In the Autumn of 1988, I had a nightmare that I was traveling through Checkpoint Charlie from the East side with an East German tucked away in the trunk of my car. As I neared the checkpoint, my heart raced with fear that I would be caught and jailed.

I dreamed of this while visiting Berlin in the fall of 88, but I would have never dared to bring anyone across. The Russian guards on the East side of Checkpoint Charlie were so intimidating with their uniforms, fur caps, and rifles. They took their time inspecting our vehicle and paperwork before allowing us into the Eastern sector and then again on our way out.

My then-husband was a U.S. Army officer working in Kitzingen, and I worked for the German-American Public Affairs Office in Würzburg. The 300-mile drive to Berlin required us to pass through the three allied checkpoints–Alpha, Bravo, and Charlie. To make the trip we first had to obtain special permission from the Army. Our drive time between the checkpoints was recorded, and we were warned not to make any stops or get off the main road for any reason which, understandably, caused great angst to my husband when I required a bio break. (You can read more about the checkpoints here and here.)

Driving through East Germany and visiting both East and West Berlin was impactful, aside from causing me a terrible nightmare. I was both surprised and frightened by the sight of buildings still littered with bullet holes from the war. On the other hand, I couldn’t believe how much the equivalent of $10 could buy–a six course meal at the best restaurant, or a box full of lead crystal glasses and a beautiful vase. A vivid memory I have is going out after dark to the open air market where wrinkle-faced women bundled against the cold and sold their wares. I bought a water kettle for the equivalent of 25 cents and a ceramic pitcher for 75 cents.

In November 1989, the wall came crumbling down, and the days and weeks that followed littered West German roadsides with East German Trabants abandoned when they couldn’t go anymore. There was no comparison between an East German Trabant and the West German BMW or Mercedes, so it’s not surprising that the Trabant manufacturer went out of business the year following the reunification on October 3, 1990.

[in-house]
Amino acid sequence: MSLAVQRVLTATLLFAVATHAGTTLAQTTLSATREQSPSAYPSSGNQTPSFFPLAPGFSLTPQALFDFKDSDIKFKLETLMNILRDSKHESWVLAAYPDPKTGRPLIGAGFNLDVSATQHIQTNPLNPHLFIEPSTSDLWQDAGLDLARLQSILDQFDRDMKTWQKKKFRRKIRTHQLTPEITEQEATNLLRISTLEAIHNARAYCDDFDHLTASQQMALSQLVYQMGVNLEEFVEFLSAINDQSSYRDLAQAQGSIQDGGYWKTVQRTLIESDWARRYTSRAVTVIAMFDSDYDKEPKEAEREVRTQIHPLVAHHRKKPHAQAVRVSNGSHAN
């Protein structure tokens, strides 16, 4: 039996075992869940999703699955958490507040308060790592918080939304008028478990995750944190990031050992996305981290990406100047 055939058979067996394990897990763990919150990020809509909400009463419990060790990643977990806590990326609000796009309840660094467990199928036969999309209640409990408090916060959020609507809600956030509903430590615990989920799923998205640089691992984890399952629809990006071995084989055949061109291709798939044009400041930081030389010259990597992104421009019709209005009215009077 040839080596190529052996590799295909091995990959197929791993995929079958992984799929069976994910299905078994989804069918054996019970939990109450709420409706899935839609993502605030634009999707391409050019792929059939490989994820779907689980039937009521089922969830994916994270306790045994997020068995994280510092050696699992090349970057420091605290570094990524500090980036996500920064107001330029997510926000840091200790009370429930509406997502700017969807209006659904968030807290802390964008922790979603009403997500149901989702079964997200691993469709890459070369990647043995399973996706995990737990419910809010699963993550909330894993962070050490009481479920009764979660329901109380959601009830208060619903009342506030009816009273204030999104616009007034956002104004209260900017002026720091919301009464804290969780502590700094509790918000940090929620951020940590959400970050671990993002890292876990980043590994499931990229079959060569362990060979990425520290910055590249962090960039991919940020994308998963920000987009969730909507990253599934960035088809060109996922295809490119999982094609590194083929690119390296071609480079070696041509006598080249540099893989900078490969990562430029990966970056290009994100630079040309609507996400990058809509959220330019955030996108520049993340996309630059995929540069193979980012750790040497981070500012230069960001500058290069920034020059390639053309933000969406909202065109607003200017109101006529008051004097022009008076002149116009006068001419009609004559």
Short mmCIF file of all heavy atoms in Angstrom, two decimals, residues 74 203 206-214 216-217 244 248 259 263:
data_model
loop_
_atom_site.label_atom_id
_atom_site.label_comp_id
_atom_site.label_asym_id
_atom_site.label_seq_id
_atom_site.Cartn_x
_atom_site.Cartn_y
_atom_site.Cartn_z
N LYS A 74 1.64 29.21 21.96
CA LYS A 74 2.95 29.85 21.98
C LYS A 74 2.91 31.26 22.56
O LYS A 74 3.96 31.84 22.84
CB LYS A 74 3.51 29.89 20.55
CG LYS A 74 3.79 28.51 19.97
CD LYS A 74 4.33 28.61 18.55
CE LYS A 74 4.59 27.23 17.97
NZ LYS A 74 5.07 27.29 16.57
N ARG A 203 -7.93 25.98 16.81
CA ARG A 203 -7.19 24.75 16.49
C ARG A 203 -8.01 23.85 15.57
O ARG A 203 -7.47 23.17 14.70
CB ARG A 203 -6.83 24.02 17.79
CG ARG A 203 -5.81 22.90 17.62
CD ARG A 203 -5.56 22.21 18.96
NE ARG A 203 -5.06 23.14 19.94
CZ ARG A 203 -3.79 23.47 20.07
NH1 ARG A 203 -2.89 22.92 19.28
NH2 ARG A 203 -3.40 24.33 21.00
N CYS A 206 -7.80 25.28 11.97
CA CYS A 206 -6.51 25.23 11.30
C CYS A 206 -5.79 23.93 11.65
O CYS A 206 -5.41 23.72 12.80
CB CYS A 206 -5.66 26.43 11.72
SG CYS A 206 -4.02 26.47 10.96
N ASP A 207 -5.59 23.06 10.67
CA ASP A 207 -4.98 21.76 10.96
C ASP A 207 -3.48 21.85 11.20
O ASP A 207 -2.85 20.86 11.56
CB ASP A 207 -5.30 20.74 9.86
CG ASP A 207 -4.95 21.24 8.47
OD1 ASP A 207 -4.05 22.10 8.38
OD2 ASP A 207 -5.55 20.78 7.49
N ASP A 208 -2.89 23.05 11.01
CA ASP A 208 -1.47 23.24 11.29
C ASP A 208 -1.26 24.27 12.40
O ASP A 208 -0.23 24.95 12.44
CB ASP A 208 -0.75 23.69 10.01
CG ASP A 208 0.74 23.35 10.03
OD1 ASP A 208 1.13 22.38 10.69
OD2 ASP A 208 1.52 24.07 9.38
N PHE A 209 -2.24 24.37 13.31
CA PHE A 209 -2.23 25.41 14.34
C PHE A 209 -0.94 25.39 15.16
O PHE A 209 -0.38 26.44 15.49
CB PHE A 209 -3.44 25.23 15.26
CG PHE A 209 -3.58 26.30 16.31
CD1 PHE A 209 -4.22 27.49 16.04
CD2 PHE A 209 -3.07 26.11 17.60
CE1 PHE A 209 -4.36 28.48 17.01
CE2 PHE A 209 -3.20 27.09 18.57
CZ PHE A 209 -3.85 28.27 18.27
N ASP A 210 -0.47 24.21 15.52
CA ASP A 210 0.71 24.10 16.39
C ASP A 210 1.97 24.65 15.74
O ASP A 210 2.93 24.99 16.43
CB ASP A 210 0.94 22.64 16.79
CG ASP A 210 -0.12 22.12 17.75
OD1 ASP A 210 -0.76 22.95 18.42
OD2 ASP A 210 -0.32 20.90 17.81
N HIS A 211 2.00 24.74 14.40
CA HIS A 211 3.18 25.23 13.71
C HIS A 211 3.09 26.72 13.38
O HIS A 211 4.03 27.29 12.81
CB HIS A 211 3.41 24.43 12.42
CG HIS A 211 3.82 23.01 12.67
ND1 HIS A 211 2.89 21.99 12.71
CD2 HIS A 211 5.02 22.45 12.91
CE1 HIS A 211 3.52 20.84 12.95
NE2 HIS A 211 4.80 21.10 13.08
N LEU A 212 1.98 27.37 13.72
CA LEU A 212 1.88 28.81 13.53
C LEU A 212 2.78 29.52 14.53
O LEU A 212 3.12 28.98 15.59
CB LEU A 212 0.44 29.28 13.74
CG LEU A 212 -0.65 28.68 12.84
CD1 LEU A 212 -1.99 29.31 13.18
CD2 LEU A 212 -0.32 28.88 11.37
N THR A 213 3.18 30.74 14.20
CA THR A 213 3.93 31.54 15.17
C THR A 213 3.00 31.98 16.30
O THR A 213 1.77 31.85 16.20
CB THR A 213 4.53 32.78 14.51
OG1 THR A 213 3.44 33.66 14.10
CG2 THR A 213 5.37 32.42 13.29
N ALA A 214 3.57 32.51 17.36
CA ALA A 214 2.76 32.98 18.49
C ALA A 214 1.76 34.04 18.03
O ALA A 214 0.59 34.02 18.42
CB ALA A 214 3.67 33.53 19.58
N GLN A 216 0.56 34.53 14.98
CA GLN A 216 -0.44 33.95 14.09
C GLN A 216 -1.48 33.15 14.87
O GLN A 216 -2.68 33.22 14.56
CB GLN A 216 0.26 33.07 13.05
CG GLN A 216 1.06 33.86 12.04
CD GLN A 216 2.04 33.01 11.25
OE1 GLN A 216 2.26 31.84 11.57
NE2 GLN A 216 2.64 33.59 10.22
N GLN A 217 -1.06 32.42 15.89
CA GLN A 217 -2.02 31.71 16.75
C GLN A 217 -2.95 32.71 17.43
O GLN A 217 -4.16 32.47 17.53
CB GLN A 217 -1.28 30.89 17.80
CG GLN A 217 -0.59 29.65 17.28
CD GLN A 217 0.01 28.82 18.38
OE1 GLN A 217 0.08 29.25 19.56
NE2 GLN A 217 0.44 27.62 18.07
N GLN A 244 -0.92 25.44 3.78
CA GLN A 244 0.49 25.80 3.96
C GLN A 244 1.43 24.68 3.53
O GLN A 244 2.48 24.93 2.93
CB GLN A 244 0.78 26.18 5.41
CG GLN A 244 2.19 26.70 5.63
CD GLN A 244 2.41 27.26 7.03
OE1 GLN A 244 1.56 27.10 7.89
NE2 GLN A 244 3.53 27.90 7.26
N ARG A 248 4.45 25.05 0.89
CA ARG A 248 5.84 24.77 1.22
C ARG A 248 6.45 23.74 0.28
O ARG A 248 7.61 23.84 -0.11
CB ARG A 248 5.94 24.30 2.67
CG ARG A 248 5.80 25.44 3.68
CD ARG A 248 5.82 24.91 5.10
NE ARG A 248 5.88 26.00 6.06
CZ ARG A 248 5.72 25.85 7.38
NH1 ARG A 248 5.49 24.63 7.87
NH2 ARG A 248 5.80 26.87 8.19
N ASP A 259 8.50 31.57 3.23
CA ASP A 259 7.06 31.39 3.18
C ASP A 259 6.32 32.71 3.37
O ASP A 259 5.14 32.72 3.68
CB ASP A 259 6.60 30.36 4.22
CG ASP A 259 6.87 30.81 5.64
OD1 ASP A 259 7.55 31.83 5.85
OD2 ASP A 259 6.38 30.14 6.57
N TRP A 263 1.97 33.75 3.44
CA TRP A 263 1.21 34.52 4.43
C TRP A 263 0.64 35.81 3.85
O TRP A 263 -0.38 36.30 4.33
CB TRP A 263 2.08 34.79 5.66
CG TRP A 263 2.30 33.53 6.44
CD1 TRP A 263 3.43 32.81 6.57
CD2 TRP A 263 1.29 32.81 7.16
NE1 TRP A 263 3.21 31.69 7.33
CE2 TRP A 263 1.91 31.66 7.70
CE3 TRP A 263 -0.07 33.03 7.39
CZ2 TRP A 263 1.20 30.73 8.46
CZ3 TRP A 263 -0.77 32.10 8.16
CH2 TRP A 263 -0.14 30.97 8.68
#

This brings me to today’s celebration of reunification 29 years ago referred to as Tag der Deutschen Einheit.

When I first moved to Germany in 1985, I was working on an undergraduate degree in politics. As part of my program, I visited the German Bundesrat, a legislative body of appointed officials who, together with the elected Bundestag oversee policy and legislative decisions. At the time, the seat of government was in Bonn. During my visit, I remember feeling amused and highly doubtful when the Bundesrat official described Bonn as the “temporary capital” until East and West Germany were reunited and the capital moved once again to Berlin.

On the day the East Germans were given permission to leave, and the wall subsequently hammered away, I remembered the confidence with which this official spoke and my lack of faith that it would ever happen. Since then, I’ve remained more flexible in my thinking, especially when it comes to politics–homeland or foreign.

Given that Tag der Deutschen Einheit is a national holiday, it’s a day of hanging out with friends, eating, and drinking. This day has meaning for me, too, since it brings back many memories of my four years living and working in Germany.

It’s nice to be back again, and I’ll definitely raise my glass in celebration.

Prost!

 

 

Activate Your Braveheart by Sheila Callaham

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